Where Tamil Culture Meets Urban Streetwear

Raghavendar Balasubramaniam, better known as Raghav, grew up in the busy neighborhood of T. Nagar. Anyone familiar with the locality instantly recalls the bustling traffic and hoards of crowding outside the largest houses of the oldest fashion and jewellery brands in Tamil Nadu. The sidewalks and entrances of these large franchises are lined with smaller street vendors pitching the latest bling at competitive rates. Anyone soaked in this environment is bound to take interest in the fashion industry in some way or the other.

Circa 2012, Raghav had just returned from Mumbai with a degree in fashion management from NIFT after realising that he did not want to pursue engineering. He was in casual conversation with his childhood friend D. Kumar (who had a degree in computer science but followed his passion for creativity through filmmaking and editing) when they decided they would start a business together.

The first idea, from the top of their heads, was to start a graphic t-shirt company—perhaps the bustling commerce from their childhood in T. Nagar had something to do with it. However, they weren’t going to be just another t-shirt company. They wanted to start a movement. “It is very common to see people wearing prints of Che Guvera and Bob Marley without really knowing much about their legacy.” Raghav and Kumar were adamant to design something that the people of Tamil Nadu would find relatable.

It took around half a year of scouting and networking with clothing manufacturers, graphic designers and illustrators. “Neither of us knew how to draw,” Raghav reveals with a chuckle as he recalls their early days at Angi as amateur entrepreneurs. “We thought we’d start with some basic designs of Thiruvalluvar and Bharadhiyar.” The idea was still way ahead of its time. Several manufacturers and designers raised eyebrows and were hesitant to take up the project claiming that the young entrepreneurs were ludicrous to assume that their concept would sell.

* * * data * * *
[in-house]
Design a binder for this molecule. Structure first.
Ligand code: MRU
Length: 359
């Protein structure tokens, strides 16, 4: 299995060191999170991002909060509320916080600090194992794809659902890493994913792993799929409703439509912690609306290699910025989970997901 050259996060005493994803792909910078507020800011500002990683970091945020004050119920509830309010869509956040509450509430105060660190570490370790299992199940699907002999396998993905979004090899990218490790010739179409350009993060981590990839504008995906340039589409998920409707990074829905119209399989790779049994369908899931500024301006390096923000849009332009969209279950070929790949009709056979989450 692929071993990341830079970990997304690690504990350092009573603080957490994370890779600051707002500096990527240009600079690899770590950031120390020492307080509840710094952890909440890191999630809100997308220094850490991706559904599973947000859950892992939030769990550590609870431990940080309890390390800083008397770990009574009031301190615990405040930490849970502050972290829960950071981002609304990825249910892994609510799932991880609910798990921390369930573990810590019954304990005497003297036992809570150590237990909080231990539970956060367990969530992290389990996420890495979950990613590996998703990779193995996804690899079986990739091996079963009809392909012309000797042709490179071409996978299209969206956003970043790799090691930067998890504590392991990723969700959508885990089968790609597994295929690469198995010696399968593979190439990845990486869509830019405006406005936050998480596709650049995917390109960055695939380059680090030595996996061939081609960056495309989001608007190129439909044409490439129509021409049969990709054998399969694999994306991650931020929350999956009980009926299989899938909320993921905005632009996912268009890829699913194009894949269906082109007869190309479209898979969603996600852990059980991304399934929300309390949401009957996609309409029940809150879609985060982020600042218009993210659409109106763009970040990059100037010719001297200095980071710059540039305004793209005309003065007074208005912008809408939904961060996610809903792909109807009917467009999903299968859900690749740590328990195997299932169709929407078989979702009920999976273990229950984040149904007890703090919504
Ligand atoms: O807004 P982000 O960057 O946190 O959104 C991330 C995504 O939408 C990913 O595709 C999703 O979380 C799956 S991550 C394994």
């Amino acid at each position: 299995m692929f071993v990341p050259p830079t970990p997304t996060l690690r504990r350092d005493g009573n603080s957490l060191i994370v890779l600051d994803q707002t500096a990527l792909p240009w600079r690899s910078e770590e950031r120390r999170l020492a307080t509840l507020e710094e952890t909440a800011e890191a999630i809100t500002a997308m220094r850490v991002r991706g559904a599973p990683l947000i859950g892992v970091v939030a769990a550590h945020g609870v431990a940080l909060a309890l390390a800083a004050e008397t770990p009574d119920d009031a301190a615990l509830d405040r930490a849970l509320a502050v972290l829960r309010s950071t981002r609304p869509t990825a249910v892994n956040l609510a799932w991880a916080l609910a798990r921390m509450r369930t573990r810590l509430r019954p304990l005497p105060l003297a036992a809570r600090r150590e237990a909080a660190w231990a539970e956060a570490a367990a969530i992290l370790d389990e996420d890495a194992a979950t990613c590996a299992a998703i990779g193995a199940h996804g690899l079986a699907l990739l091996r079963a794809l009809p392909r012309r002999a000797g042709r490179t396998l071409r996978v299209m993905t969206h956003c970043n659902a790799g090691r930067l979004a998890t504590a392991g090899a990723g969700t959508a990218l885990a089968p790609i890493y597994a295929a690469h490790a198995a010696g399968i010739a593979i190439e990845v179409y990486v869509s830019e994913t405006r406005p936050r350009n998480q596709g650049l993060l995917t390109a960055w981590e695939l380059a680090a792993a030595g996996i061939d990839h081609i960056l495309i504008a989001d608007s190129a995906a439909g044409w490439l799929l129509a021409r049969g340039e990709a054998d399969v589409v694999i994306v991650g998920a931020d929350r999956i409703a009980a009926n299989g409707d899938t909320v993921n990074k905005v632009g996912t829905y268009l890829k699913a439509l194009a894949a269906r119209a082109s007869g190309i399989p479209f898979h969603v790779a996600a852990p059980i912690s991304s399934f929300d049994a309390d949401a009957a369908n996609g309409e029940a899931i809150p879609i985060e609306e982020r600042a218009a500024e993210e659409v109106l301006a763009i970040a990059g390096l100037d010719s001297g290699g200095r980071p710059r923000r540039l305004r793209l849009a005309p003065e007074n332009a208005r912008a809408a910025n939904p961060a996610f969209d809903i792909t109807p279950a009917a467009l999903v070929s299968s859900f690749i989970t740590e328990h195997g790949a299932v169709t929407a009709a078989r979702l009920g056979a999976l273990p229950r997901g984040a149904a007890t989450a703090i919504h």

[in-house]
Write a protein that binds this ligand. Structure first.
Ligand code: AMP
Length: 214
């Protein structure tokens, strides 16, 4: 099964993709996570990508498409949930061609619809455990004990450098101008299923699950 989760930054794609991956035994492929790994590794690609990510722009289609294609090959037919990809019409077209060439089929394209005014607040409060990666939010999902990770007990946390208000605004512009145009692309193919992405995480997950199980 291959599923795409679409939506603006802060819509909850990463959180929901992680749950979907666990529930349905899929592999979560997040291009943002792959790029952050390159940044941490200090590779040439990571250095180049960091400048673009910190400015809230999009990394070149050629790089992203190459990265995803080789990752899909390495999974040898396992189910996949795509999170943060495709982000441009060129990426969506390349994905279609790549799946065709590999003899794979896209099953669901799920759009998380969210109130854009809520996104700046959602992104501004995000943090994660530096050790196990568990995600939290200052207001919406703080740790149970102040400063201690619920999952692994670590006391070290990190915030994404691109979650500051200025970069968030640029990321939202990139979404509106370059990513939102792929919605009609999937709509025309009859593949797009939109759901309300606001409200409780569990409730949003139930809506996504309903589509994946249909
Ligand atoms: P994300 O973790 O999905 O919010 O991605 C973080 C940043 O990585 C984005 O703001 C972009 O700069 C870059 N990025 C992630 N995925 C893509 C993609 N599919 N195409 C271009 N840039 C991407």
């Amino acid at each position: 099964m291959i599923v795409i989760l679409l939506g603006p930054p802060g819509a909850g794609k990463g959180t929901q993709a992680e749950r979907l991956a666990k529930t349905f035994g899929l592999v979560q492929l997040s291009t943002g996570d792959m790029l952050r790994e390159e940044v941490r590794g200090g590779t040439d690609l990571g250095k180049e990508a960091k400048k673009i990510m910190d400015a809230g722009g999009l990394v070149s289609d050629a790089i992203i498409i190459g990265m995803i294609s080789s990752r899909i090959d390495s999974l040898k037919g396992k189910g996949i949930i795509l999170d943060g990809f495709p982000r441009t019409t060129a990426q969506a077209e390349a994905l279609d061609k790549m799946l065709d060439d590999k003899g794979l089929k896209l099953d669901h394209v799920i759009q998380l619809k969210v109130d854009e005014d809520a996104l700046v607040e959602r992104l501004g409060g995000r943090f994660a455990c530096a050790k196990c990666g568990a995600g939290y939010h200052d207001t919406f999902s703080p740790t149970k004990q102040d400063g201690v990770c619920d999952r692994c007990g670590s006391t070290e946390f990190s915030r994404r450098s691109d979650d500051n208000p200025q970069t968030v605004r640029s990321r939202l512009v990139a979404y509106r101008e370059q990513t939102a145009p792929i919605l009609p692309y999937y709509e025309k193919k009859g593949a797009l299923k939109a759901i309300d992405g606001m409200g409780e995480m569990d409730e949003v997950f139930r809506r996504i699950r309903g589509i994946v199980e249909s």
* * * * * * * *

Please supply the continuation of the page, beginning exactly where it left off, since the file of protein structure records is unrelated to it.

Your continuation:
The tireless duo eventually found a small team of freelancers and an export clothing manufacturer in Tirupur. Raghav’s college senior, who was working at Jack and Jones back then designed their logo and t-shirt spec sheet with size and colour details. In January 2013, the first batch of printed t-shirts arrived. “I took one of the new tees and washed it at home, only to watch the print disappear,” Raghav confesses while bursting into laughter, “That was what the beginning of Angi looked like!” The entire process was a series of discovery and disaster management.

While quality management was only the first hurdle, the hunt for the perfect designer was a whole other ball game. Raghav divulges another anecdote that he recalls with a sense of nostalgic amusement. “Our friend introduced us to an artist named Jagdeesh,” he begins to narrate, pausing to mention that the artist is now a good friend and a regular collaborator. “The first time we met him at his office, we asked him to illustrate Murugan (a popular god in Tamil Nadu) on a peacock that resembled Master Crane from the animated film, Kung Foo Panda.” Just as the duo took pride in their unique idea, they were met with an illustration that resembled the one on a Rani Muthu calendar (a popular artefact found in most Tamil homes). “We burst out laughing while the artist explained how that was the style his company instructed him to use.” Although the result was not quite what they were expecting, the incident sparked a long-term collaboration between Jagadeesh and Angi through collections featuring infuriated Thiruvalluvars with flying hair, clutching an ‘olai chuvadi’ (palm-leaf manuscript) while rapping verses from the Thirukural.